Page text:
"these are absolutely first-rate astronomers doing a very fine job." [19]

Shramm wasn't the only man of renown who noticed Butcher's report. William A. Fowler, who won the 1983 Nobel Prize in physics made the opposite remark in the same Science report by Waldrop:

"I am very pleased with Butcher's result. It seems to be the strongest evidence so far for a time scale I've advocated for 20 years!" [17]

Fowler disagreed with Schramm's remarks and said that Schramm is simply wrong about the meteorite data (the thorium content) being consistent with 15-billion-year-old globular clusters. According to Fowler's calculations ("a result of a detailed study of nuclear physics is involved"), the age of our galaxy is 10 billion years and the age of the universe is 11 +/- 1.6 billion years. [17]

Butcher had a few final remarks to make in Waldrop's report:

"If it had been possible to do this measurement before, then someone would have done it. But you need very high spectral resolution, so you have to have very sensitive detectors, and you have to integrate for hours and hours. It takes somebody like me to push things to the limit and then say what he thinks. I'm convinced that the signal-to-noise ratio is adequate to make the claim. But the important thing is that this should provoke people to go out and try to reproduce the result with other equipment.[17]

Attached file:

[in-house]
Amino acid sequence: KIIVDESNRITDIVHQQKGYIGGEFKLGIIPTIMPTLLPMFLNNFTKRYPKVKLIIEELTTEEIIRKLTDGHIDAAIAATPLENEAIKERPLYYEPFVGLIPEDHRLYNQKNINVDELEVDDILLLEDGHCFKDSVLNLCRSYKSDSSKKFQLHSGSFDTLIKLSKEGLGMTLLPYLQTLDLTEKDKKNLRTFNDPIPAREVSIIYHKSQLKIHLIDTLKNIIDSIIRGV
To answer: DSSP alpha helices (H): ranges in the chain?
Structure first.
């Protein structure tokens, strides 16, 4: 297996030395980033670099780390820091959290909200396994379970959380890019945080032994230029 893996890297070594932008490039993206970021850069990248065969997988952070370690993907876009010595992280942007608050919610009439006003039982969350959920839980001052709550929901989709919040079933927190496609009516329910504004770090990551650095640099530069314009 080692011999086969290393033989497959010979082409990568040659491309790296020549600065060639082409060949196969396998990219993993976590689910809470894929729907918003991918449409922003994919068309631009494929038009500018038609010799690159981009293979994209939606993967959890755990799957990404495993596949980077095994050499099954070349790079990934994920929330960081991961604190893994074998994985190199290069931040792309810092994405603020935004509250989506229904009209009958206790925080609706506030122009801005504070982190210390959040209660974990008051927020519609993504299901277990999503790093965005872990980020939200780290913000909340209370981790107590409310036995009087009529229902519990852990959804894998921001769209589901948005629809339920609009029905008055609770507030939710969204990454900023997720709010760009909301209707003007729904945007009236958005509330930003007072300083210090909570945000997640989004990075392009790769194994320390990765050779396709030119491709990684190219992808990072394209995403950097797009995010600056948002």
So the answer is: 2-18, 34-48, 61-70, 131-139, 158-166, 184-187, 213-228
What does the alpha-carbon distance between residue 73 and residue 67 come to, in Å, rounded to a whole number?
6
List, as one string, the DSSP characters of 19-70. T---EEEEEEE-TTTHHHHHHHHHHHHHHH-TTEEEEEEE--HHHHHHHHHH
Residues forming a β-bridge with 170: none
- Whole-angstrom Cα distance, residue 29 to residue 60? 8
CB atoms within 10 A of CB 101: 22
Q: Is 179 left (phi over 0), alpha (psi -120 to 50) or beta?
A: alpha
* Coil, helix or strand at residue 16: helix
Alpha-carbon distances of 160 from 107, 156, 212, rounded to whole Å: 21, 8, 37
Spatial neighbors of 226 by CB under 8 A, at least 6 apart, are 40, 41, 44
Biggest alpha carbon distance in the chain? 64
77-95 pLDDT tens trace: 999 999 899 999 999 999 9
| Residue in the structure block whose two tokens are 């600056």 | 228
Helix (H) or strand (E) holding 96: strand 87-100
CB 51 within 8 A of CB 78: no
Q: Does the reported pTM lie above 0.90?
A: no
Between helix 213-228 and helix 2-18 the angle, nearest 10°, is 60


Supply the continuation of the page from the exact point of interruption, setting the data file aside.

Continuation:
Theory of Stellar Evolution Force Fits Age of Universe

Persistent belief among astronomers that the universe cannot be less than 15 billion years is due to the mistakenly assumed age of white dwarfs based on the current theory of stellar evolution. Harvey Richer and his group are working on a Hubble project observing extremely faint white dwarfs in the globular cluster, NGC 6752. He expects to publish his results next year. The fainter a white star, the older it is supposed to be. [20]

We have not actually seen stars evolve through the assumed stages based on nuclear and astrophysical considerations, and we aren't all that certain our own sun and other stars are powered by nuclear fusion. The expected number of solar neutrinos that would be generated by such a process is not nearly high enough. John Bahcall suggests one reason for this is the concentration of dark matter in the sun's center prevents many neutrinos from escaping.

It is not entirely true that there has not been direct observation of stellar evolution because in antiquity Sirius the dog star was consistently referred to as a red star by Ptolemy, the Romans, and the Babylonians but it is now white with a bluish hue. The Romans sacrificed red-coated dogs to Sirius, and the Babylonians recorded its color in their records.[21] DeYoung explains: